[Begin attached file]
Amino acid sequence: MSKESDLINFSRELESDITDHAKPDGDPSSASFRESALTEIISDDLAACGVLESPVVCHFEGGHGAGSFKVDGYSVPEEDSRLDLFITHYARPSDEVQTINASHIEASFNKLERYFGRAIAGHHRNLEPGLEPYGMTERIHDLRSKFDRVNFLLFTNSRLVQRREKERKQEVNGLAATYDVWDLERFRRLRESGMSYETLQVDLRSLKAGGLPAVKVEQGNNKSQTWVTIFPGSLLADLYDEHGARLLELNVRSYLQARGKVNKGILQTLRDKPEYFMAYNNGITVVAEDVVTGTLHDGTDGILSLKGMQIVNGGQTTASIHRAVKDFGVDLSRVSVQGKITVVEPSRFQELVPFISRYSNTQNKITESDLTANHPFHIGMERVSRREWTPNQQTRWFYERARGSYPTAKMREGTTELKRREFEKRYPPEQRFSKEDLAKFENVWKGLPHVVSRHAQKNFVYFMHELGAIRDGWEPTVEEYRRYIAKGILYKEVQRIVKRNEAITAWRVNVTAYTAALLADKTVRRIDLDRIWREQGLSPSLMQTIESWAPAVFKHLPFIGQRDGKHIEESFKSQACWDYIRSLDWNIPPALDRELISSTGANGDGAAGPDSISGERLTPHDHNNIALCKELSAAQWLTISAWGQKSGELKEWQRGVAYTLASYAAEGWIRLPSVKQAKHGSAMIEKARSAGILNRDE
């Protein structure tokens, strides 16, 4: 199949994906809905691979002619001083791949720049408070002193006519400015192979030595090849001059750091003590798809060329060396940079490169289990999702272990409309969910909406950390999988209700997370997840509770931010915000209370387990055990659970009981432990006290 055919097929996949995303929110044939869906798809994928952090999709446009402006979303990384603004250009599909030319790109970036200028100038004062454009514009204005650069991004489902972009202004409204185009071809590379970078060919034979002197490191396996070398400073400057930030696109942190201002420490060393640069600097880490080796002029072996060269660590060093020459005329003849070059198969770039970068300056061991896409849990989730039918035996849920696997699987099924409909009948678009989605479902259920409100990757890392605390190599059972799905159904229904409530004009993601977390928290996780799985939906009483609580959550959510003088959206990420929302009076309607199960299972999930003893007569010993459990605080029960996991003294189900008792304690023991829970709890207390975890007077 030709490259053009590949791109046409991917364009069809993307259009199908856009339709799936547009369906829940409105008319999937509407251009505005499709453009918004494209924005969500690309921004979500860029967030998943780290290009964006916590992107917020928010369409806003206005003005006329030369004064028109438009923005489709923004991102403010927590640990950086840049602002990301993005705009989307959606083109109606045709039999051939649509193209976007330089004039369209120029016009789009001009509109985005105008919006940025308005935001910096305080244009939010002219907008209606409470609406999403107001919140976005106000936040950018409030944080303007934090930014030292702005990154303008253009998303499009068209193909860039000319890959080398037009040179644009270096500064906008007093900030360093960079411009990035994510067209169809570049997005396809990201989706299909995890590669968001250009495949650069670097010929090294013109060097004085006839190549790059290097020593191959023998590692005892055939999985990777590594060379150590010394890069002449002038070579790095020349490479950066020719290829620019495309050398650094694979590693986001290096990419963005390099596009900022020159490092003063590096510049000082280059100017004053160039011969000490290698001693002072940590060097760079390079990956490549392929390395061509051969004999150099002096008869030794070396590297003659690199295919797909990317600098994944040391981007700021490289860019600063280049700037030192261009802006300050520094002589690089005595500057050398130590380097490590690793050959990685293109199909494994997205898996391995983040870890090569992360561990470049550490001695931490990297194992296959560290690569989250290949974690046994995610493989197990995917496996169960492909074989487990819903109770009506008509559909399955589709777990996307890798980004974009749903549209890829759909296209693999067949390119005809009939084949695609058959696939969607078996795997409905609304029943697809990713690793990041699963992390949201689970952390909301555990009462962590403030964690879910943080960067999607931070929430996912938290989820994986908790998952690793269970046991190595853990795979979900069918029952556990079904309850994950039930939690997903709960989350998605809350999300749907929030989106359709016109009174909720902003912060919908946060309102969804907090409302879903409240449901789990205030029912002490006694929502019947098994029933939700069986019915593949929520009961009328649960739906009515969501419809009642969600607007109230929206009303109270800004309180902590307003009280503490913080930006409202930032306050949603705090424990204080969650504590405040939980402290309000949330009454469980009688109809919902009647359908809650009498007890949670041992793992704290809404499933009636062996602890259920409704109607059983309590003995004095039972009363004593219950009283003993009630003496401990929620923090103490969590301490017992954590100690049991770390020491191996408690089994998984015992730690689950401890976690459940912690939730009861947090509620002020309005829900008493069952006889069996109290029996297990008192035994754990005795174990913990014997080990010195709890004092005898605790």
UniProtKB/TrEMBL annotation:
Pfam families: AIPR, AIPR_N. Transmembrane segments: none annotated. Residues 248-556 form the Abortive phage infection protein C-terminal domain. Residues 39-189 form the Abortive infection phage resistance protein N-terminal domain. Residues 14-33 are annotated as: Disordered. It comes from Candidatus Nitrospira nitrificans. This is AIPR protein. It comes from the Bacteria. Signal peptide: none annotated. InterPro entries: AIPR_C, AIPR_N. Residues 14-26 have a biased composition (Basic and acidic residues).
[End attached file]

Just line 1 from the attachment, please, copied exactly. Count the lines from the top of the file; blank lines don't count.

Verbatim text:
Amino acid sequence: MSKESDLINFSRELESDITDHAKPDGDPSSASFRESALTEIISDDLAACGVLESPVVCHFEGGHGAGSFKVDGYSVPEEDSRLDLFITHYARPSDEVQTINASHIEASFNKLERYFGRAIAGHHRNLEPGLEPYGMTERIHDLRSKFDRVNFLLFTNSRLVQRREKERKQEVNGLAATYDVWDLERFRRLRESGMSYETLQVDLRSLKAGGLPAVKVEQGNNKSQTWVTIFPGSLLADLYDEHGARLLELNVRSYLQARGKVNKGILQTLRDKPEYFMAYNNGITVVAEDVVTGTLHDGTDGILSLKGMQIVNGGQTTASIHRAVKDFGVDLSRVSVQGKITVVEPSRFQELVPFISRYSNTQNKITESDLTANHPFHIGMERVSRREWTPNQQTRWFYERARGSYPTAKMREGTTELKRREFEKRYPPEQRFSKEDLAKFENVWKGLPHVVSRHAQKNFVYFMHELGAIRDGWEPTVEEYRRYIAKGILYKEVQRIVKRNEAITAWRVNVTAYTAALLADKTVRRIDLDRIWREQGLSPSLMQTIESWAPAVFKHLPFIGQRDGKHIEESFKSQACWDYIRSLDWNIPPALDRELISSTGANGDGAAGPDSISGERLTPHDHNNIALCKELSAAQWLTISAWGQKSGELKEWQRGVAYTLASYAAEGWIRLPSVKQAKHGSAMIEKARSAGILNRDE